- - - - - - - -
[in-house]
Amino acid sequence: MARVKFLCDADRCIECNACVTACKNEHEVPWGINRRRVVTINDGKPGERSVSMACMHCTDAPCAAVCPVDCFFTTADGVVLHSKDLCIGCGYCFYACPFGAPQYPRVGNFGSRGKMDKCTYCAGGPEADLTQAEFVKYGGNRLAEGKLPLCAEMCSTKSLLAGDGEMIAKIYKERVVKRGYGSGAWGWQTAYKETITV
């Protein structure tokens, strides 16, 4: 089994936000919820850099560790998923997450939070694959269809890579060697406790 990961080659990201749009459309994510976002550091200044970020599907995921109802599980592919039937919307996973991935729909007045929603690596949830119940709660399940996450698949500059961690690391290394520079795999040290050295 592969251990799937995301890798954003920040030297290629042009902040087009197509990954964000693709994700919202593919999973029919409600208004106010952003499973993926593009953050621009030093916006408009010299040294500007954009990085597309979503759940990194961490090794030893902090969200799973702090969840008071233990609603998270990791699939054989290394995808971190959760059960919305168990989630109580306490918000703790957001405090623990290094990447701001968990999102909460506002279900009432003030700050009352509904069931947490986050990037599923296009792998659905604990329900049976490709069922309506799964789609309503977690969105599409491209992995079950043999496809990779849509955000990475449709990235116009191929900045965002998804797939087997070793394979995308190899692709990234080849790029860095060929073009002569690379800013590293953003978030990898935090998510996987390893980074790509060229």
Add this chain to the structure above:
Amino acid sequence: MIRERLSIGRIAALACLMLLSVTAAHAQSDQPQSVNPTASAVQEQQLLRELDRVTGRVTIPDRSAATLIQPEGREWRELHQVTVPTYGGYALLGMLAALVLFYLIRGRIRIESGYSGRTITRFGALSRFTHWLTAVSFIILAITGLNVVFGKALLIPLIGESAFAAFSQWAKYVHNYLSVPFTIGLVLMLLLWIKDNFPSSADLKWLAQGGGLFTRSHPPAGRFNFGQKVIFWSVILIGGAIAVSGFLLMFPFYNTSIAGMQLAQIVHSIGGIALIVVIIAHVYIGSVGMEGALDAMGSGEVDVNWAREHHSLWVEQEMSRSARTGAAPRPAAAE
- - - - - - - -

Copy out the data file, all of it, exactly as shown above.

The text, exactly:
[in-house]
Amino acid sequence: MARVKFLCDADRCIECNACVTACKNEHEVPWGINRRRVVTINDGKPGERSVSMACMHCTDAPCAAVCPVDCFFTTADGVVLHSKDLCIGCGYCFYACPFGAPQYPRVGNFGSRGKMDKCTYCAGGPEADLTQAEFVKYGGNRLAEGKLPLCAEMCSTKSLLAGDGEMIAKIYKERVVKRGYGSGAWGWQTAYKETITV
């Protein structure tokens, strides 16, 4: 089994936000919820850099560790998923997450939070694959269809890579060697406790 990961080659990201749009459309994510976002550091200044970020599907995921109802599980592919039937919307996973991935729909007045929603690596949830119940709660399940996450698949500059961690690391290394520079795999040290050295 592969251990799937995301890798954003920040030297290629042009902040087009197509990954964000693709994700919202593919999973029919409600208004106010952003499973993926593009953050621009030093916006408009010299040294500007954009990085597309979503759940990194961490090794030893902090969200799973702090969840008071233990609603998270990791699939054989290394995808971190959760059960919305168990989630109580306490918000703790957001405090623990290094990447701001968990999102909460506002279900009432003030700050009352509904069931947490986050990037599923296009792998659905604990329900049976490709069922309506799964789609309503977690969105599409491209992995079950043999496809990779849509955000990475449709990235116009191929900045965002998804797939087997070793394979995308190899692709990234080849790029860095060929073009002569690379800013590293953003978030990898935090998510996987390893980074790509060229």
Add this chain to the structure above:
Amino acid sequence: MIRERLSIGRIAALACLMLLSVTAAHAQSDQPQSVNPTASAVQEQQLLRELDRVTGRVTIPDRSAATLIQPEGREWRELHQVTVPTYGGYALLGMLAALVLFYLIRGRIRIESGYSGRTITRFGALSRFTHWLTAVSFIILAITGLNVVFGKALLIPLIGESAFAAFSQWAKYVHNYLSVPFTIGLVLMLLLWIKDNFPSSADLKWLAQGGGLFTRSHPPAGRFNFGQKVIFWSVILIGGAIAVSGFLLMFPFYNTSIAGMQLAQIVHSIGGIALIVVIIAHVYIGSVGMEGALDAMGSGEVDVNWAREHHSLWVEQEMSRSARTGAAPRPAAAE